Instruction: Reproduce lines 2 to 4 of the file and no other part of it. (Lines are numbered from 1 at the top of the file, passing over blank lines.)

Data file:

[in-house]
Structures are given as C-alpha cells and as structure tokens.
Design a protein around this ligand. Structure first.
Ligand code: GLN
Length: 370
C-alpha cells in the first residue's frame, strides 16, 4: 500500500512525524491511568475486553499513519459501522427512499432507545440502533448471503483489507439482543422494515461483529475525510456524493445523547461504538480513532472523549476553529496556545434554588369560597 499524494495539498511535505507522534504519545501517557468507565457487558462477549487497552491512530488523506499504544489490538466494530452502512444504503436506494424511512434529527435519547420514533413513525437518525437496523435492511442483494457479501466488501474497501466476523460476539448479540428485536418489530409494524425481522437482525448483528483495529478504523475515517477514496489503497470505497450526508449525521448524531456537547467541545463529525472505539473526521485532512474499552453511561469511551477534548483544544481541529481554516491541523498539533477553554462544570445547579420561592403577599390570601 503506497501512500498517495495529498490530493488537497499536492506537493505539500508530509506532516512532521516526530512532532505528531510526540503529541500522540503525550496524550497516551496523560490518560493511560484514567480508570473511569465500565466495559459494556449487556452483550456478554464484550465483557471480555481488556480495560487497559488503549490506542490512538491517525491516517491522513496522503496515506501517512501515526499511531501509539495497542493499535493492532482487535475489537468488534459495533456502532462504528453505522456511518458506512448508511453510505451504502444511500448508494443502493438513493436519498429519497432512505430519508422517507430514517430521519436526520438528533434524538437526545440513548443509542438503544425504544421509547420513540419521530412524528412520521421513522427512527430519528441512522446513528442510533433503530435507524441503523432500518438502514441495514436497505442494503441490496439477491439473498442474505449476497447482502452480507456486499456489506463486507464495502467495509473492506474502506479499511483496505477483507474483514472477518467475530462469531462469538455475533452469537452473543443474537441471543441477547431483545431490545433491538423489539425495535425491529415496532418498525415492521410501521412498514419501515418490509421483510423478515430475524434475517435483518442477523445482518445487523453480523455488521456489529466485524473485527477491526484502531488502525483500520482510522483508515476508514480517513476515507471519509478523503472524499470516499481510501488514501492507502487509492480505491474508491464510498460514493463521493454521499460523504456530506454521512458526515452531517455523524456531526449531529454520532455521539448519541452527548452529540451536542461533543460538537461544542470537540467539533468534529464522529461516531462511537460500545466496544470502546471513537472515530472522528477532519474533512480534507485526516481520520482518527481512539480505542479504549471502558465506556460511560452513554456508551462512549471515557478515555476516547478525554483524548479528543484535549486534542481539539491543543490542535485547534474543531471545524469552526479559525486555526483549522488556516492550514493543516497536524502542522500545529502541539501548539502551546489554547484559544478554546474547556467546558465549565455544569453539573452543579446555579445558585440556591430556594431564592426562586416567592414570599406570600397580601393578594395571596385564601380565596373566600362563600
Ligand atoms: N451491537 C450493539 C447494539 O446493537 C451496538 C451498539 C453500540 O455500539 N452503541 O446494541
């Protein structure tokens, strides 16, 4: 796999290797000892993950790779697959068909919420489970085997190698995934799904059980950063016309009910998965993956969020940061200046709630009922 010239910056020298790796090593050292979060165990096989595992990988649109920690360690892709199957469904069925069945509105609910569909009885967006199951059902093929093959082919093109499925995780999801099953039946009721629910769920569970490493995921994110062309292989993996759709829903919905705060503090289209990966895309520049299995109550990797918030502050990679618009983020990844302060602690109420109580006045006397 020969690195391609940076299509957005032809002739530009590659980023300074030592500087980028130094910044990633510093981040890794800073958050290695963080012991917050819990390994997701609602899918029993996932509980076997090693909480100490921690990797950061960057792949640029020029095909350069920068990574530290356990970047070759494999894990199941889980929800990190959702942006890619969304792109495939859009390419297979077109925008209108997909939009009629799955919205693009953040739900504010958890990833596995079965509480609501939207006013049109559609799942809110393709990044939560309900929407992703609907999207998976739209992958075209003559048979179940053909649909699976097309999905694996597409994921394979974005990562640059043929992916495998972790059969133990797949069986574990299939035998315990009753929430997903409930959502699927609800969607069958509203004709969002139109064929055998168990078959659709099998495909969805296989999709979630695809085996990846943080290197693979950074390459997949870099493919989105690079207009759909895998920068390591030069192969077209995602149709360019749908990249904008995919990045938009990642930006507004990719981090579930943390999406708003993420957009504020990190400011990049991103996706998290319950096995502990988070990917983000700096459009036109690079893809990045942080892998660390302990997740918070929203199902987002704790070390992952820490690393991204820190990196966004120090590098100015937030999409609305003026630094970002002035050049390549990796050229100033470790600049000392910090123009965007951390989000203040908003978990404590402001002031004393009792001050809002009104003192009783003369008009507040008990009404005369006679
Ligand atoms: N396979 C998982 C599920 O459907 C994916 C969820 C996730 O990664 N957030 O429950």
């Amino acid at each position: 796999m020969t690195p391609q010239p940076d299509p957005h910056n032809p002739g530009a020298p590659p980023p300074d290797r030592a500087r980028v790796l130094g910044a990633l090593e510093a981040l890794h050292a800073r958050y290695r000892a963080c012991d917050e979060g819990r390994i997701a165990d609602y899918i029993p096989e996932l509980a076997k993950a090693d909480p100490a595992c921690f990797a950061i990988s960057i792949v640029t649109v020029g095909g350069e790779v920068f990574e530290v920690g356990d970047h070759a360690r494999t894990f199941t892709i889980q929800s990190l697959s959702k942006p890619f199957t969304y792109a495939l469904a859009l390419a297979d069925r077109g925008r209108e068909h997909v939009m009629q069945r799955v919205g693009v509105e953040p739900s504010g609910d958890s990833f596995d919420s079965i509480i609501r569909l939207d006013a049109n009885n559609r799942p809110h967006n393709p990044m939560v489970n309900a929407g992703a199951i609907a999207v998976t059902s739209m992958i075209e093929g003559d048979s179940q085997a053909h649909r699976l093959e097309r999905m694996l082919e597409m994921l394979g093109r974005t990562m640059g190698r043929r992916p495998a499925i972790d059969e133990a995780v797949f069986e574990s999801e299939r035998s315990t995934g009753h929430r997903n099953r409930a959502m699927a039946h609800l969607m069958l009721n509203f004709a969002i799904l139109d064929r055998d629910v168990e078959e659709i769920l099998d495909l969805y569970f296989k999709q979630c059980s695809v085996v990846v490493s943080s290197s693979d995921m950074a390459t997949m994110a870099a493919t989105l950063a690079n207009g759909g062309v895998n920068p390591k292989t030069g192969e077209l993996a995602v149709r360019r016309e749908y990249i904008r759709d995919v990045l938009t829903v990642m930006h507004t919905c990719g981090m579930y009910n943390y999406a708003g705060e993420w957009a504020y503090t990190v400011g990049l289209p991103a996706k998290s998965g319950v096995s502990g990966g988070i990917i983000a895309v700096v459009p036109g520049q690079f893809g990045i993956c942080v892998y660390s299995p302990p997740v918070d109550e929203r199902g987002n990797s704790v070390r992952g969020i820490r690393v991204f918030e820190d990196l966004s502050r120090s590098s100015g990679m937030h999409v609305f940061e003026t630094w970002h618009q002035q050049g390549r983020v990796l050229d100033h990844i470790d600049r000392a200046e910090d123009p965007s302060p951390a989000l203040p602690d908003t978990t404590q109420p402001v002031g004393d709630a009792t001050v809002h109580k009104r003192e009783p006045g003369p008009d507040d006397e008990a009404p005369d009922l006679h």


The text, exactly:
Structures are given as C-alpha cells and as structure tokens.
Design a protein around this ligand. Structure first.
Ligand code: GLN